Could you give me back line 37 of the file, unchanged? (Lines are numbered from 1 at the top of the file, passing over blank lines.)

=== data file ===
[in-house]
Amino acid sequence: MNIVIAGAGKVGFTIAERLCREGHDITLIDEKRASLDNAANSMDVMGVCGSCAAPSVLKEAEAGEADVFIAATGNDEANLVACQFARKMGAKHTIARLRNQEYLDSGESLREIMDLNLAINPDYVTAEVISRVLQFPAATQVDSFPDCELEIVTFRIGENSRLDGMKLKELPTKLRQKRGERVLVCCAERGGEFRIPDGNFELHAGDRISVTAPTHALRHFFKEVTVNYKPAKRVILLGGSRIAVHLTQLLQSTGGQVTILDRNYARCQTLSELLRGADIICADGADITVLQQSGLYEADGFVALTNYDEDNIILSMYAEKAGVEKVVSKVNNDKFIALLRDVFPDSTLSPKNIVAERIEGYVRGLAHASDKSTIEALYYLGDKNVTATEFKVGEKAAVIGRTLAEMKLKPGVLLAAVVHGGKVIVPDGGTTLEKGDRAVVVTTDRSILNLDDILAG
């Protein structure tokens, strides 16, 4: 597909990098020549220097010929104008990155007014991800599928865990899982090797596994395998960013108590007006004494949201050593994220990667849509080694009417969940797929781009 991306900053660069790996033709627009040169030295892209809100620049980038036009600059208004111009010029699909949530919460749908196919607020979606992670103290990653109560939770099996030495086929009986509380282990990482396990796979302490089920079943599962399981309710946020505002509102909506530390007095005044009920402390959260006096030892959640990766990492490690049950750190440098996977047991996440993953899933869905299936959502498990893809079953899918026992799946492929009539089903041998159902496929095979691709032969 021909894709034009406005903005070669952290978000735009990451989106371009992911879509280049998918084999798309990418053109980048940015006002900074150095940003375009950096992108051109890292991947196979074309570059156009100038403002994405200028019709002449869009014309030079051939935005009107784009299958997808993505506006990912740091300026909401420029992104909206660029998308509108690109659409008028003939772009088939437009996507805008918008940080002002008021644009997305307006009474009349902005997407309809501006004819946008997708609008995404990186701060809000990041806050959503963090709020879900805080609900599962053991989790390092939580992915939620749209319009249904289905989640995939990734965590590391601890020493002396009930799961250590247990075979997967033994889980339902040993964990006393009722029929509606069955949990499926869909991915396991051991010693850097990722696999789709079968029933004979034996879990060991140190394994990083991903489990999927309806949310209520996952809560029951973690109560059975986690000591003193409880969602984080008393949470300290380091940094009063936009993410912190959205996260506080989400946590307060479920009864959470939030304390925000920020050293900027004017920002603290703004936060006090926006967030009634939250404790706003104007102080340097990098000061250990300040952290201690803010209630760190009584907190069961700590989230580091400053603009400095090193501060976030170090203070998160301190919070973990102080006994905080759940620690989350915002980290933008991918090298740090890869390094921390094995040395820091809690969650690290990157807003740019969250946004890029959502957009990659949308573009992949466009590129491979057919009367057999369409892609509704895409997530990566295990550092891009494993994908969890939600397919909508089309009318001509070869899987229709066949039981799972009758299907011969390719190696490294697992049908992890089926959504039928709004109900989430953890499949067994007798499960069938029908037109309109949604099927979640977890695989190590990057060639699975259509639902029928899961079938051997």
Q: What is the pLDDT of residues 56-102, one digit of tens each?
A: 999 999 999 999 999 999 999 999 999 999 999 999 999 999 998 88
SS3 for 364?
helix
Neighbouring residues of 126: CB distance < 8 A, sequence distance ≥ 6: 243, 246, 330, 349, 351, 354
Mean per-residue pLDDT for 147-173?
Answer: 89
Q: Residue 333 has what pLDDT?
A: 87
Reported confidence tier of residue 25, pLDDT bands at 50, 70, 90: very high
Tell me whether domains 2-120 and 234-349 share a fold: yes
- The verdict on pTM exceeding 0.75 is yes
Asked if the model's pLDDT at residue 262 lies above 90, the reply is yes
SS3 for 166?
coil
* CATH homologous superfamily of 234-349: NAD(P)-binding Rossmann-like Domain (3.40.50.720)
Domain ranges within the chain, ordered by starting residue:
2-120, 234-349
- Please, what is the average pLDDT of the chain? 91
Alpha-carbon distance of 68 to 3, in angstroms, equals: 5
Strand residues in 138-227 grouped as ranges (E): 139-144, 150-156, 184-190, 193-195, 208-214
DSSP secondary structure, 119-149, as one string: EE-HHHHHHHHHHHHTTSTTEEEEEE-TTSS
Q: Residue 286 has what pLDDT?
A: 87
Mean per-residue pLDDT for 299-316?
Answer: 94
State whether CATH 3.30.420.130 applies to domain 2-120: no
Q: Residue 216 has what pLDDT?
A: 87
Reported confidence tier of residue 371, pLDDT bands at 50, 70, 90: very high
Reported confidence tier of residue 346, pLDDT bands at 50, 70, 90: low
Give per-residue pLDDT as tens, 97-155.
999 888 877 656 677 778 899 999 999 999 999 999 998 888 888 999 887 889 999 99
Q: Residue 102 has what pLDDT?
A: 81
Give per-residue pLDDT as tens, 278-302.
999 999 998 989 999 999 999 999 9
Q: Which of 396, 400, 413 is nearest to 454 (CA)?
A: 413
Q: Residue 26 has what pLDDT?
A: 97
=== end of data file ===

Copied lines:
Q: Residue 102 has what pLDDT?